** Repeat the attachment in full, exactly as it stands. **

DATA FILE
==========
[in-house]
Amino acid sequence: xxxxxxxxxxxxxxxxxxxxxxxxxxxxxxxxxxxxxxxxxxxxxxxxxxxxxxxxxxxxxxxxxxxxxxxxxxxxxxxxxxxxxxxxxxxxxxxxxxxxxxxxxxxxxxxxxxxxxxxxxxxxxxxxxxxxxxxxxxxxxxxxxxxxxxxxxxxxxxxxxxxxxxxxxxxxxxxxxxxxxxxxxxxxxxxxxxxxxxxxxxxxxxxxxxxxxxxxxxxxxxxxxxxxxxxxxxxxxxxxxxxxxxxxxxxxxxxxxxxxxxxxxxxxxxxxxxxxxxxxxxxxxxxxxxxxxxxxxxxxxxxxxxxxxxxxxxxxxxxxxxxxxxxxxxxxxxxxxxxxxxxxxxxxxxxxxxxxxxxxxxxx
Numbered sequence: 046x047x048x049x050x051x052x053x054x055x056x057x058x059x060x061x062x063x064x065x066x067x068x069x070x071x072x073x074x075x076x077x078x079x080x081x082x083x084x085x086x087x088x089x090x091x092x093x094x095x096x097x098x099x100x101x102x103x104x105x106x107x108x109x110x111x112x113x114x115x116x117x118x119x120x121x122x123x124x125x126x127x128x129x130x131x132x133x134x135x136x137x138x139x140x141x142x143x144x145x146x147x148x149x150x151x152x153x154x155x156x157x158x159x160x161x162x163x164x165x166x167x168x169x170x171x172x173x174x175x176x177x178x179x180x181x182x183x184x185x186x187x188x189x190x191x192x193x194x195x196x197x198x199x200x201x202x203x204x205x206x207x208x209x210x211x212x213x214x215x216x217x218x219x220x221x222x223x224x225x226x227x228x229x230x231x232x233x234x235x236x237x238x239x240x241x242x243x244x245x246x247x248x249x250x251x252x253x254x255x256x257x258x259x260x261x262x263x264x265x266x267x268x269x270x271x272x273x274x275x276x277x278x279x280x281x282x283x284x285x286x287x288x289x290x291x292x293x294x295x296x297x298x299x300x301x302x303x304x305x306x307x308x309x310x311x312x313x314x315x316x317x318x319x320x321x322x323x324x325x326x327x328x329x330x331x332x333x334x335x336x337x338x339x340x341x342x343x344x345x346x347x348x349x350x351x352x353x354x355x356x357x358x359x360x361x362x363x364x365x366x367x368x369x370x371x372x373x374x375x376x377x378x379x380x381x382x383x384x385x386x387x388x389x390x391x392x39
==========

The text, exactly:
[in-house]
Amino acid sequence: xxxxxxxxxxxxxxxxxxxxxxxxxxxxxxxxxxxxxxxxxxxxxxxxxxxxxxxxxxxxxxxxxxxxxxxxxxxxxxxxxxxxxxxxxxxxxxxxxxxxxxxxxxxxxxxxxxxxxxxxxxxxxxxxxxxxxxxxxxxxxxxxxxxxxxxxxxxxxxxxxxxxxxxxxxxxxxxxxxxxxxxxxxxxxxxxxxxxxxxxxxxxxxxxxxxxxxxxxxxxxxxxxxxxxxxxxxxxxxxxxxxxxxxxxxxxxxxxxxxxxxxxxxxxxxxxxxxxxxxxxxxxxxxxxxxxxxxxxxxxxxxxxxxxxxxxxxxxxxxxxxxxxxxxxxxxxxxxxxxxxxxxxxxxxxxxxxxxxxxxxxxx
Numbered sequence: 046x047x048x049x050x051x052x053x054x055x056x057x058x059x060x061x062x063x064x065x066x067x068x069x070x071x072x073x074x075x076x077x078x079x080x081x082x083x084x085x086x087x088x089x090x091x092x093x094x095x096x097x098x099x100x101x102x103x104x105x106x107x108x109x110x111x112x113x114x115x116x117x118x119x120x121x122x123x124x125x126x127x128x129x130x131x132x133x134x135x136x137x138x139x140x141x142x143x144x145x146x147x148x149x150x151x152x153x154x155x156x157x158x159x160x161x162x163x164x165x166x167x168x169x170x171x172x173x174x175x176x177x178x179x180x181x182x183x184x185x186x187x188x189x190x191x192x193x194x195x196x197x198x199x200x201x202x203x204x205x206x207x208x209x210x211x212x213x214x215x216x217x218x219x220x221x222x223x224x225x226x227x228x229x230x231x232x233x234x235x236x237x238x239x240x241x242x243x244x245x246x247x248x249x250x251x252x253x254x255x256x257x258x259x260x261x262x263x264x265x266x267x268x269x270x271x272x273x274x275x276x277x278x279x280x281x282x283x284x285x286x287x288x289x290x291x292x293x294x295x296x297x298x299x300x301x302x303x304x305x306x307x308x309x310x311x312x313x314x315x316x317x318x319x320x321x322x323x324x325x326x327x328x329x330x331x332x333x334x335x336x337x338x339x340x341x342x343x344x345x346x347x348x349x350x351x352x353x354x355x356x357x358x359x360x361x362x363x364x365x366x367x368x369x370x371x372x373x374x375x376x377x378x379x380x381x382x383x384x385x386x387x388x389x390x391x392x39